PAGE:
Western Australia working on critical minerals JVs with Indian mining majors

 Australia is a major player in critical minerals and rare earths, producing about half of the world’s lithium. (Photo: PTI)
Australia is a major player in critical minerals and rare earths, producing about half of the world’s lithium. (Photo: PTI)

Summary

  • The focus of an emerging India-Australia partnership in will be on lithium, vanadium and green steel as well as nickel, copper and magnetite.

New Delhi: Major Indian mining firms are in talks with authorities in Western Australia exploring investments in the mineral-rich province, said Nashid Choudhury, the region's investment and trade commissioner for India and the Gulf. Choudhury said the province is currently mapping and building a pipeline of joint ventures with major Indian firms.

“There are a number of powerhouses across India who are definitely exploring Western Australia as a market. Alongside, our federal government colleagues are definitely working on a number of leads, which we are supporting them on. So I would say an absolute range of leading private houses and PSUs which are on that decarbonization journey, are interested," Choudhury told Mint.

“Not only are we a major supplier of critical minerals, we're also home to a buzzing ecosystem that is developing lithium and is looking at the future of lithium-ion technology for batteries and vanadium redox flow batteries, which will be a very key opportunity to grow and address the demands—be it for vehicles or for storage," she added. While Japan, Korea and European nations have been Australia’s traditional partners, Choudhury sees an increasing opportunity for Indian firms.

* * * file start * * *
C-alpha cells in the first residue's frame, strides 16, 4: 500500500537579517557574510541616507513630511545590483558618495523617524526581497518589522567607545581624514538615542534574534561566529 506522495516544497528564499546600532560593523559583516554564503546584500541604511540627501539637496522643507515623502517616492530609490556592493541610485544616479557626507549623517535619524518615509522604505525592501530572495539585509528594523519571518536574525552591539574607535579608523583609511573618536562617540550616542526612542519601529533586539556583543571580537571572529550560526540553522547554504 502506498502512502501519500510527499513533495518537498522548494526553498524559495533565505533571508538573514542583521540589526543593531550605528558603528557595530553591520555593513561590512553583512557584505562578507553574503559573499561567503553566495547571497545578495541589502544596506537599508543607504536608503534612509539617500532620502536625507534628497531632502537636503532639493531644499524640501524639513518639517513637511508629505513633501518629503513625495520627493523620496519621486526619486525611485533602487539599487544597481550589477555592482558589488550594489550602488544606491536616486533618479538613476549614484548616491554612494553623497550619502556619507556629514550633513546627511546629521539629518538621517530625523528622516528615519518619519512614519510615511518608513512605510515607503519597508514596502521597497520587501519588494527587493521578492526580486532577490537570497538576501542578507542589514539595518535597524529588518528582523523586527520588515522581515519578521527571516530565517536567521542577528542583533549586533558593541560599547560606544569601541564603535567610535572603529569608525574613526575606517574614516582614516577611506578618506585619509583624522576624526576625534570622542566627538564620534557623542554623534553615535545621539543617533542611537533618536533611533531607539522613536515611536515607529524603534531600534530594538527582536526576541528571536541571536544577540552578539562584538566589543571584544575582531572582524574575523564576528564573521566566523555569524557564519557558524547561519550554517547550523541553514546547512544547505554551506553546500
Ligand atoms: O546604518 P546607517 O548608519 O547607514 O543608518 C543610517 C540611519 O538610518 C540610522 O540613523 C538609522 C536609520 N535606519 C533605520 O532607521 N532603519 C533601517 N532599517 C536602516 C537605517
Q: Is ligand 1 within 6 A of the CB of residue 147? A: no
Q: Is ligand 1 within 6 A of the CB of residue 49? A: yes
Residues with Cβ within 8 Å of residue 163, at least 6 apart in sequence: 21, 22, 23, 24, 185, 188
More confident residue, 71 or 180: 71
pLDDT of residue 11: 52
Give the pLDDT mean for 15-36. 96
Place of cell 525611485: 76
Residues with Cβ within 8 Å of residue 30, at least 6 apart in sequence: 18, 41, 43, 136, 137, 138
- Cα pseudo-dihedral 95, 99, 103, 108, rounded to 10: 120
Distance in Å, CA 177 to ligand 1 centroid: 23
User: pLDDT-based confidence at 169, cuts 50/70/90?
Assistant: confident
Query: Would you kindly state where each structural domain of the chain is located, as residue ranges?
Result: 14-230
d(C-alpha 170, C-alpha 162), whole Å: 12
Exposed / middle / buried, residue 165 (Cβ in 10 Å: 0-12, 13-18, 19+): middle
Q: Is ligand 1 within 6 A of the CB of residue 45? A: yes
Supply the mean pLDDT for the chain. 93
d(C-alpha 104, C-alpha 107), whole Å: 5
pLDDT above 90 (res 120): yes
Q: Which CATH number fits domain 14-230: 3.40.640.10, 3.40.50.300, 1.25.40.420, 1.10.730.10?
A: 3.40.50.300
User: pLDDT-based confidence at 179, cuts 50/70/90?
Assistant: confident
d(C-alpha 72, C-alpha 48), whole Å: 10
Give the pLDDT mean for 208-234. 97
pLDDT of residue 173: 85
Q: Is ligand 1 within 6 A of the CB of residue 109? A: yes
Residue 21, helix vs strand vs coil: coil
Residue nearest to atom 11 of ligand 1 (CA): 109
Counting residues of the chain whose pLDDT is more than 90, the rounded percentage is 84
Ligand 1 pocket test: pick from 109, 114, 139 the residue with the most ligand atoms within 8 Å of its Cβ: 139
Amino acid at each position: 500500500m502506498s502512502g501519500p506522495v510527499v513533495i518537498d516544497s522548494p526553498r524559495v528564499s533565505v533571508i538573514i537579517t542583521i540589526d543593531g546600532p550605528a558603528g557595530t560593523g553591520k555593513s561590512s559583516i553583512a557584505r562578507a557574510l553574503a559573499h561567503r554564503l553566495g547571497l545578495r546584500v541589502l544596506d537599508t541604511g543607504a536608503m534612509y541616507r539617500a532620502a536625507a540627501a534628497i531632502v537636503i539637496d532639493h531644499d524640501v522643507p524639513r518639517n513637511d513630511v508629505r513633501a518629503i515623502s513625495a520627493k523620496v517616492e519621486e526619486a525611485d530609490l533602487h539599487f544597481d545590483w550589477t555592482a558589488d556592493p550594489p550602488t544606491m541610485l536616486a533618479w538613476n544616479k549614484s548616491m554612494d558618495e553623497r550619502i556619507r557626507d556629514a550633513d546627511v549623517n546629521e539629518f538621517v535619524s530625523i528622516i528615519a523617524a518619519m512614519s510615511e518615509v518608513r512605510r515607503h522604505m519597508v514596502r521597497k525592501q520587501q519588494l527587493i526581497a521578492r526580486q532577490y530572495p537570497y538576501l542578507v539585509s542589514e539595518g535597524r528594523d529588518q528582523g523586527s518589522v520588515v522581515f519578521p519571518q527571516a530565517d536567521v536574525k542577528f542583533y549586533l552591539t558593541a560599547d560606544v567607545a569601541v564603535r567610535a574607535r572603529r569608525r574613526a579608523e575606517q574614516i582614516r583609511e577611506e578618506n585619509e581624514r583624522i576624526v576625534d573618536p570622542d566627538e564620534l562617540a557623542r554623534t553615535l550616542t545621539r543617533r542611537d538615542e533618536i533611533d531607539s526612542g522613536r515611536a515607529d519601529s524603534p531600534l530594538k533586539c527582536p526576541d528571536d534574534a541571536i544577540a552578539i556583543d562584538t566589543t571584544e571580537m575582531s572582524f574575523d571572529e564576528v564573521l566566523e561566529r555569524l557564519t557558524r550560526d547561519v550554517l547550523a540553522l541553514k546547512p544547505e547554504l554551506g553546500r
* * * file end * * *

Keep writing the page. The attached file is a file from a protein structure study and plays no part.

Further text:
The focus of these emerging partnerships will be on lithium, vanadium and green steel as well as nickel, copper and magnetite.

Western Australia has already seen investments from major Indian mining firms. Legacy Iron Ore Ltd, a subsidiary of state-owned National Mineral Development Corporation (NMDC), has invested in a gold mine in WA’s Mount Celia. NMDC has also struck a deal with Hancock Prospecting, a major Australian mining firm, for a joint venture deal to secure supplies of lithium and other critical minerals from Western Australia’s Central Yilgarn area.

In 2021, India and Australia signed a Critical Minerals Partnership with a focus on securing supplies for India’s energy transition. Earlier this year, this partnership announced that it had identified two lithium and three cobalt projects in Australia for due diligence. Australia is a major player in critical minerals and rare earths, producing about half of the world’s lithium. It is also the fourth largest producer of rare earths and the second largest producer of cobalt.

Amid a global race to source critical minerals, all large economies including China and the US are eyeing international acquisition of critical mineral mines. Given their requirement in batteries, solar photovoltaic cells, semiconductor among others, minerals like lithium and cobalt are in demand.

With India setting an ambitious net zero target of 2070, the demand for lithium and vanadium has grown as these minerals are used in battery manufacturing and both private and public sector companies are looking for mines abroad as India does not have the required reserves.

However, in a bid to harness the domestic potential, the government has eased mining norms for critical minerals and come up with a list of 31 minerals critical to the economy. Last week, the mines ministry launched the second tranche of auctions for critical minerals blocks in the country.

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